Adult ADHD and Preventing Impulsive Emails

August 18, 2014 Elizabeth Prager

Hello, dear friends with adult attention-deficit/hyperactivity disorder (ADHD). I had a conversation with a fellow the other day and he brought up something I had never considered doing before: setting up my email system so that when I'm sending emails I have to go through an extra step to actually have them sent. There are different ways to do this in email systems and they just might be able to help with our impulsive email sending habits.My best pal always says she can tell that it's me sending her a text message, because she gets six of them in a row. Usually, it goes like this:

  • Ever send a not quite perfect email and wish you could take it back? With adult ADHD, impulsive emails are common but here's how you can prevent impulsive emails.Hye, Ashley, guess what! SEND
  • Hey* SEND
  • I did XXX tod SEND
  • ay SEND
  • Isn't that awesome? SEND
  • I'm so excite SEND
  • d SEND

Yeah, she can always tell it's me. This pattern of pushing "send" too early can extend beyond texting and into emails. How many times I have sent an email with a typo? How many times have I forgotten to ask a final question, so I need to write a follow up that makes it look like I didn't forget the question to begin with?

Too many.

Here comes the solution: email delay sending. Here's how you do it.

Preventing Impulsive Emails on Gmail

Click on the gear button in the upper right. Next, settings. Then, labs. Then, enable "undo send." You now have the ability to unsend an email. You only have a few seconds to do so, but those few seconds might just mean the difference between oops and wahoo.

Preventing Impulsive Emails in Outlook

Microsoft office offers a good amount of help for using Outlook's delay feature. For Outlook 2010:

  1. At Home menu, select Rules.
  2. Select Manage Rules & Alerts.
  3. Select New Rule.
  4. Select Apply Rule on Messages I send from the list of rule templates.
  5. Click Next.
  6. Ignore the Select Conditions and click Next.
  7. On Select Actions, Check the defer delivery by a number of minutes.
  8. In the lower box, click a number of minutes and enter the number of minutes of delay you desire.
  9. Click OK, Next.
  10. Ignore the Select Exceptions. Click Next.
  11. Give the rule a name, possibly Delay Sending.
  12. Click Finish.

Preventing Impulsive Emails on Other Platforms

I'm sure there are easy rules to follow for other email platforms, though I've never used the others and feel I can't fairly speak to them. For those of us with adult ADHD, though, this email delay might really be super helpful.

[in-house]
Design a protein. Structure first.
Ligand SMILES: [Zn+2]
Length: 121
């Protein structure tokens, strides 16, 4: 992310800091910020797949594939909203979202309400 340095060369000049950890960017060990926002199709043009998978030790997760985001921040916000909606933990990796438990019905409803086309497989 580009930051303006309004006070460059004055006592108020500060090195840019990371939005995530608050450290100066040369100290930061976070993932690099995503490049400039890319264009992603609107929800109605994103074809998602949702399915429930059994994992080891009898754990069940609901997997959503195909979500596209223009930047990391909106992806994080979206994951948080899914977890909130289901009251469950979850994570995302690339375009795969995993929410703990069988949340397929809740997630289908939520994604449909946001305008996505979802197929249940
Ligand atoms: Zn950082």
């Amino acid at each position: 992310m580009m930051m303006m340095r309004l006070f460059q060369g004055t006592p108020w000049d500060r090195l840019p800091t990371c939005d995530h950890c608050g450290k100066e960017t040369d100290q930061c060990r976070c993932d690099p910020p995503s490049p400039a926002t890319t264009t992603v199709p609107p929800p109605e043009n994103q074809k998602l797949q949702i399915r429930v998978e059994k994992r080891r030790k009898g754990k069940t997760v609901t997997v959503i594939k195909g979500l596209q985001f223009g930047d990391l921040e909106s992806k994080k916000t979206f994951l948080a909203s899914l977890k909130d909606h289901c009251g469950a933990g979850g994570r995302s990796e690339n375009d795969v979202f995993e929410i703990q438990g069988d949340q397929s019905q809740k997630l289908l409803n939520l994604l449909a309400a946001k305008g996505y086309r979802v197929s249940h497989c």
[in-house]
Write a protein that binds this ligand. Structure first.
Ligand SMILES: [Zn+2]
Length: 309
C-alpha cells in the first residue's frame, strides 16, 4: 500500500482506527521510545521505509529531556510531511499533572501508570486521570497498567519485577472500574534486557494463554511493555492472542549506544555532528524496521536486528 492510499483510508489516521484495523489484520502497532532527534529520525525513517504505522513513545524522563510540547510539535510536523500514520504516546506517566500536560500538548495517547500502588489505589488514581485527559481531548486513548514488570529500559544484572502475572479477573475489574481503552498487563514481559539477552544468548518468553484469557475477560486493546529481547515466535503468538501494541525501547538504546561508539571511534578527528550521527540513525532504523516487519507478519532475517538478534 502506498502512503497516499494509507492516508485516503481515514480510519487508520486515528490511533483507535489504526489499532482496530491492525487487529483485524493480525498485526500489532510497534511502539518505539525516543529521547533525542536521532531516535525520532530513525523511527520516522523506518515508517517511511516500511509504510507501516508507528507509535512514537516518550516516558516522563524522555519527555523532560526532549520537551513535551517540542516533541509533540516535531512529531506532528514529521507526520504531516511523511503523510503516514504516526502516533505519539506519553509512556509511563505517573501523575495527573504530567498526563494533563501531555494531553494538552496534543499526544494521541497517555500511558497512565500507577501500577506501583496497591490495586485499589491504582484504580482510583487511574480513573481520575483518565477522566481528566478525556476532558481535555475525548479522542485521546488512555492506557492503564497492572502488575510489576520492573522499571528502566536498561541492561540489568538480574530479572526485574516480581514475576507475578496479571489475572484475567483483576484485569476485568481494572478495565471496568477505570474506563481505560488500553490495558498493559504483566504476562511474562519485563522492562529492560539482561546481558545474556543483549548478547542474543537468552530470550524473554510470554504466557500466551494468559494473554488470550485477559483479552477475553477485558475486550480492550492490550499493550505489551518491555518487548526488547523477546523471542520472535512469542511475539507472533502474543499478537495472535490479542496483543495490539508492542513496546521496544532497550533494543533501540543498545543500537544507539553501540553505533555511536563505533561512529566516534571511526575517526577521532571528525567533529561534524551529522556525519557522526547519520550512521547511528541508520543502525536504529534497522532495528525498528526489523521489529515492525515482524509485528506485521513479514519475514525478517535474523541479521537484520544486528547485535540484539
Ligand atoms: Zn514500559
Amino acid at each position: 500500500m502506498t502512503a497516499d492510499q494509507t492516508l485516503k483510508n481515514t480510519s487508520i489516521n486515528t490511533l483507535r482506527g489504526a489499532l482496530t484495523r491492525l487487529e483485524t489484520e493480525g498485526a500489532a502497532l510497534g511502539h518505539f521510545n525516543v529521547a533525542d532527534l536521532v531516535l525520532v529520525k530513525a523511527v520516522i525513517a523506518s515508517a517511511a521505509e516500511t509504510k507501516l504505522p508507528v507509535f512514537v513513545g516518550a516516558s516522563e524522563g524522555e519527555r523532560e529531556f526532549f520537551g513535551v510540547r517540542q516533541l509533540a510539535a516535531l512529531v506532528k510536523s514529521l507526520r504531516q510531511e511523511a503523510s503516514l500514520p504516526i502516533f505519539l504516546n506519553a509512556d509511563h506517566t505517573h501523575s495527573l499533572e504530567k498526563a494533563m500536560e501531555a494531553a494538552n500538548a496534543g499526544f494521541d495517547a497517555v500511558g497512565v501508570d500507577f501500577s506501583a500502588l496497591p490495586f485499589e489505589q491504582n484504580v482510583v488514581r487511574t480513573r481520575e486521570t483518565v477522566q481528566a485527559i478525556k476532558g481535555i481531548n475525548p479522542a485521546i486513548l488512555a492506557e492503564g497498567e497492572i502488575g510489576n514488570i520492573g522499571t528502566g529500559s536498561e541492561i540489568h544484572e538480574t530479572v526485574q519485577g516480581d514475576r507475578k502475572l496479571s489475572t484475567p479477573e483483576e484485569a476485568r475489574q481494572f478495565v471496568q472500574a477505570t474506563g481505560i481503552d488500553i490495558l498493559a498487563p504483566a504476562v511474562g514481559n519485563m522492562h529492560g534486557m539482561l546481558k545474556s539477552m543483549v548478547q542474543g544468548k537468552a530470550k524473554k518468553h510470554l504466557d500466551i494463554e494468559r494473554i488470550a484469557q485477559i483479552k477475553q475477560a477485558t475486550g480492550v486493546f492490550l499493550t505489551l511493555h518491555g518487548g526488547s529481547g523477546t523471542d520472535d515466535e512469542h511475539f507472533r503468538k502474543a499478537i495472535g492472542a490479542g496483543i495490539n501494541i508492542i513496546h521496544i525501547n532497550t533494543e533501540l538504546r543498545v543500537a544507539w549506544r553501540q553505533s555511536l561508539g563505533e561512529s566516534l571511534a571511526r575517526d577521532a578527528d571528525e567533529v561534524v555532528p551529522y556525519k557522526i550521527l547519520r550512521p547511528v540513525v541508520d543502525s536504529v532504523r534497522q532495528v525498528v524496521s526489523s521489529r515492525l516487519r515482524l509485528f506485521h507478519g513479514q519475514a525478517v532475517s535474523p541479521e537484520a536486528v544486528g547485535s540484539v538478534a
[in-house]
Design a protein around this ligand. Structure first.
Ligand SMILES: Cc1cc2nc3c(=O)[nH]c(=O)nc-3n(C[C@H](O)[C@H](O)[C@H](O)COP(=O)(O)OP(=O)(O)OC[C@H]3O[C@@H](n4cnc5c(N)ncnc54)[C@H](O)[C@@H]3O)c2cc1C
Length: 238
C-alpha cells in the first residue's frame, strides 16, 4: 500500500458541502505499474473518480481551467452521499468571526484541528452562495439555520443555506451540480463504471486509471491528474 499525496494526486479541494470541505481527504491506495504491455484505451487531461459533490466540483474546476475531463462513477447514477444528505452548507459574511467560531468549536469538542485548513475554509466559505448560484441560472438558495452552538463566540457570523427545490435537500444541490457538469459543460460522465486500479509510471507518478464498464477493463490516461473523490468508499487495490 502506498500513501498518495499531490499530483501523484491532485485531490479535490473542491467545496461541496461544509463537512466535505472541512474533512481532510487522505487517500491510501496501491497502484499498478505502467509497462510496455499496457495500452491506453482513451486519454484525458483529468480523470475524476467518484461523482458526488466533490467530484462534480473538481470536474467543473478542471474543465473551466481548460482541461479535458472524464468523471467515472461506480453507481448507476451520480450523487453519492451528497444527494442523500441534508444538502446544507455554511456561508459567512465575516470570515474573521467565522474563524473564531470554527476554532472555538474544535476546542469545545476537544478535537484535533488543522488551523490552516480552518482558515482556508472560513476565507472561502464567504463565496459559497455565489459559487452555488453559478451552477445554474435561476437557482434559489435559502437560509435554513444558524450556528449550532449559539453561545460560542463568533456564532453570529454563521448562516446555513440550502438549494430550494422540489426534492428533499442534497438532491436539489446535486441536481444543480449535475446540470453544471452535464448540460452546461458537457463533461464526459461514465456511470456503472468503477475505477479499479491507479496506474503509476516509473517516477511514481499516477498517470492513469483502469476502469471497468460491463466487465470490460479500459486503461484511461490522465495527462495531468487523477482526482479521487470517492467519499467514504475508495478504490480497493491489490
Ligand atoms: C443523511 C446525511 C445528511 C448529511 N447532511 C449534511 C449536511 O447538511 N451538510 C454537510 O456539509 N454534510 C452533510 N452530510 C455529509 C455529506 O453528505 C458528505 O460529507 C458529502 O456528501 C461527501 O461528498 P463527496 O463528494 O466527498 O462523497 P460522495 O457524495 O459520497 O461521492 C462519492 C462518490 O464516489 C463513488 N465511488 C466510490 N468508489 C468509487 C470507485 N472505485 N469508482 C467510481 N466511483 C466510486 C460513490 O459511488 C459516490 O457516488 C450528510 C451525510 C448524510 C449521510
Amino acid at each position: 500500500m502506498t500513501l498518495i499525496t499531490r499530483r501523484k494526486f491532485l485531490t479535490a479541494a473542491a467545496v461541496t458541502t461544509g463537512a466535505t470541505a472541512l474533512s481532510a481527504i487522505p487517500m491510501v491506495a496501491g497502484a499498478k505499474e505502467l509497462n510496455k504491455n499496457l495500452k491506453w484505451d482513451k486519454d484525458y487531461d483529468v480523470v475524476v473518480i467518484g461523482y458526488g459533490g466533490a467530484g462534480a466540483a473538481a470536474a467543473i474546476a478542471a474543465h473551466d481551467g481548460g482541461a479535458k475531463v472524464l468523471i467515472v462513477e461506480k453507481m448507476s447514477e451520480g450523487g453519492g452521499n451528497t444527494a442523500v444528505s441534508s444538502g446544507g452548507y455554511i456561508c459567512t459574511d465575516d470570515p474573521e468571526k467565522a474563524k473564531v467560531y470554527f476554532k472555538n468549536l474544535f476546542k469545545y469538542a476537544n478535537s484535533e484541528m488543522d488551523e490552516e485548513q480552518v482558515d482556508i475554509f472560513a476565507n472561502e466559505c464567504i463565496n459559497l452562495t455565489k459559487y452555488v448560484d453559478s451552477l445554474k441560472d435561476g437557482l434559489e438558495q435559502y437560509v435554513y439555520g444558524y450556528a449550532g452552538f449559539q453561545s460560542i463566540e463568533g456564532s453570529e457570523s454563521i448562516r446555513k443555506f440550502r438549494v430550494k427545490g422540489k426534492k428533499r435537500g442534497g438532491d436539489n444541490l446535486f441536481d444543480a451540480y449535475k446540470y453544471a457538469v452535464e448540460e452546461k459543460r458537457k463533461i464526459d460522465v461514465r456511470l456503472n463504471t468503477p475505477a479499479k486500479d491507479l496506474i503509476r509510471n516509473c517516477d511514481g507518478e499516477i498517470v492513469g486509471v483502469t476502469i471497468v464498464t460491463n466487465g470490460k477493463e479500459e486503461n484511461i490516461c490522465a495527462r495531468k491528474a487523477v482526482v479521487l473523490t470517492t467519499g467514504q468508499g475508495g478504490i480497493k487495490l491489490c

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APA Reference
Prager, E. (2014, August 18). Adult ADHD and Preventing Impulsive Emails, HealthyPlace. Retrieved on 2024, June 15 from

Author: Elizabeth Prager

Pat Pughe-Parry
October, 12 2014 at 1:27 am

I have learned not to put the name of the person I am sending the e-mail to in the "To" box until I have cooled down, slept on it and if possible got my husband to read it.
So often we have mis-interpreted the context of what has been written or said to us and our super sensitivity kicks in.

In reply to by Anonymous (not verified)

Elizabeth Prager
November, 24 2014 at 8:07 am

Good strategy!

Have bipolar 1 & ADHD
August, 21 2014 at 1:20 am

I also have the problem w/inadvertently hitting "Send" while texting, but it looks like this "solution" is for sending emails.
I didn't think of this title as pertaining to sending unedited emails & such, but more about sending unwanted & impulsive emails that are impulsive in nature as to who you are sending them to &/or the content.
It is interesting to think about how 2 different types of "impulsivity" fit in w/both these disorders. For the BIPOLAR ME (speaking only for myself) one of the symptoms that is common in bipolar is rapid speech & grandiose ideas when hypomanic or manic & these symptoms are also manifested in me by my sending implusive emails to people out-of-the blue that I haven't spoken to in years or hardly know & my emails tend to be "not very concise."
I have an index card next to my laptop that tells me not to send emails, texts, smoke signals when manic or hypo manic as I will feel embarrassed afterwards. I don't like to talk on the phone so that isn't a problem.
This short delay described here wouldn't be long enough for me to go through all the rational thinking I would need to do to undo a bipolar impusle-driven email. Have sent some doozies!!

In reply to by Anonymous (not verified)

Elizabeth Prager
August, 30 2014 at 11:51 am

I really like your idea about keeping an index card next to your computer as a reminder to not push send until you're ready! Brilliant!

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